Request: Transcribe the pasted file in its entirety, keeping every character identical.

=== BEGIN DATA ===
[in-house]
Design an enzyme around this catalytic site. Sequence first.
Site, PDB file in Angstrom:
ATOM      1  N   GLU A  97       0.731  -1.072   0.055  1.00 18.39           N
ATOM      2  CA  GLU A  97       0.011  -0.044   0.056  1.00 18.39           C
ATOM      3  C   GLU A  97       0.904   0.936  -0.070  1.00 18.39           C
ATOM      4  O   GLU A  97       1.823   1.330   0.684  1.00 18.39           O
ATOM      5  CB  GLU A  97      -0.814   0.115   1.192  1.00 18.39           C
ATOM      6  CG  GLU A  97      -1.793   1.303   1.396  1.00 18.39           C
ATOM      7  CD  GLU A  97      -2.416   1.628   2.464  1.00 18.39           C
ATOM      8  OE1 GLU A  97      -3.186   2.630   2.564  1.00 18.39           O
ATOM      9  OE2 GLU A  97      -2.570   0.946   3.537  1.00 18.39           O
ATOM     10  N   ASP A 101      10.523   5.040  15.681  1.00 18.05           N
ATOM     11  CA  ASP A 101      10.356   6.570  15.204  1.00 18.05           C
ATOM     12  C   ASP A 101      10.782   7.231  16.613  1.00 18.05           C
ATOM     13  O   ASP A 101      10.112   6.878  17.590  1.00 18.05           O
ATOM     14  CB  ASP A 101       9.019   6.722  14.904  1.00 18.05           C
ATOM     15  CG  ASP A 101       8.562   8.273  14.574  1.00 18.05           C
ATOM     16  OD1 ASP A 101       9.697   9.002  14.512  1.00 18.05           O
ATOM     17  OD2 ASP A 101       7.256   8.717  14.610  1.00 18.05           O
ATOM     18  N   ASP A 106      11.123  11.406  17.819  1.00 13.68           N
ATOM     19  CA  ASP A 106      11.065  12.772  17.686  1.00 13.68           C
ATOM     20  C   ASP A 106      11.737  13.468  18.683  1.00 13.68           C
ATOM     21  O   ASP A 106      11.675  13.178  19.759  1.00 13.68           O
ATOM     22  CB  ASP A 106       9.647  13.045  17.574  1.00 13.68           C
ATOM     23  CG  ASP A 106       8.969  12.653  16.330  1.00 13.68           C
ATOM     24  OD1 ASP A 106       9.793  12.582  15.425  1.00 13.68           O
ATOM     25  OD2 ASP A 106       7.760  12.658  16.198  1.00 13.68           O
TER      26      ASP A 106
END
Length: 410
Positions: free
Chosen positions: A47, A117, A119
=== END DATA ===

[in-house]
Design an enzyme around this catalytic site. Sequence first.
Site, PDB file in Angstrom:
ATOM      1  N   GLU A  97       0.731  -1.072   0.055  1.00 18.39           N
ATOM      2  CA  GLU A  97       0.011  -0.044   0.056  1.00 18.39           C
ATOM      3  C   GLU A  97       0.904   0.936  -0.070  1.00 18.39           C
ATOM      4  O   GLU A  97       1.823   1.330   0.684  1.00 18.39           O
ATOM      5  CB  GLU A  97      -0.814   0.115   1.192  1.00 18.39           C
ATOM      6  CG  GLU A  97      -1.793   1.303   1.396  1.00 18.39           C
ATOM      7  CD  GLU A  97      -2.416   1.628   2.464  1.00 18.39           C
ATOM      8  OE1 GLU A  97      -3.186   2.630   2.564  1.00 18.39           O
ATOM      9  OE2 GLU A  97      -2.570   0.946   3.537  1.00 18.39           O
ATOM     10  N   ASP A 101      10.523   5.040  15.681  1.00 18.05           N
ATOM     11  CA  ASP A 101      10.356   6.570  15.204  1.00 18.05           C
ATOM     12  C   ASP A 101      10.782   7.231  16.613  1.00 18.05           C
ATOM     13  O   ASP A 101      10.112   6.878  17.590  1.00 18.05           O
ATOM     14  CB  ASP A 101       9.019   6.722  14.904  1.00 18.05           C
ATOM     15  CG  ASP A 101       8.562   8.273  14.574  1.00 18.05           C
ATOM     16  OD1 ASP A 101       9.697   9.002  14.512  1.00 18.05           O
ATOM     17  OD2 ASP A 101       7.256   8.717  14.610  1.00 18.05           O
ATOM     18  N   ASP A 106      11.123  11.406  17.819  1.00 13.68           N
ATOM     19  CA  ASP A 106      11.065  12.772  17.686  1.00 13.68           C
ATOM     20  C   ASP A 106      11.737  13.468  18.683  1.00 13.68           C
ATOM     21  O   ASP A 106      11.675  13.178  19.759  1.00 13.68           O
ATOM     22  CB  ASP A 106       9.647  13.045  17.574  1.00 13.68           C
ATOM     23  CG  ASP A 106       8.969  12.653  16.330  1.00 13.68           C
ATOM     24  OD1 ASP A 106       9.793  12.582  15.425  1.00 13.68           O
ATOM     25  OD2 ASP A 106       7.760  12.658  16.198  1.00 13.68           O
TER      26      ASP A 106
END
Length: 410
Positions: free
Chosen positions: A47, A117, A119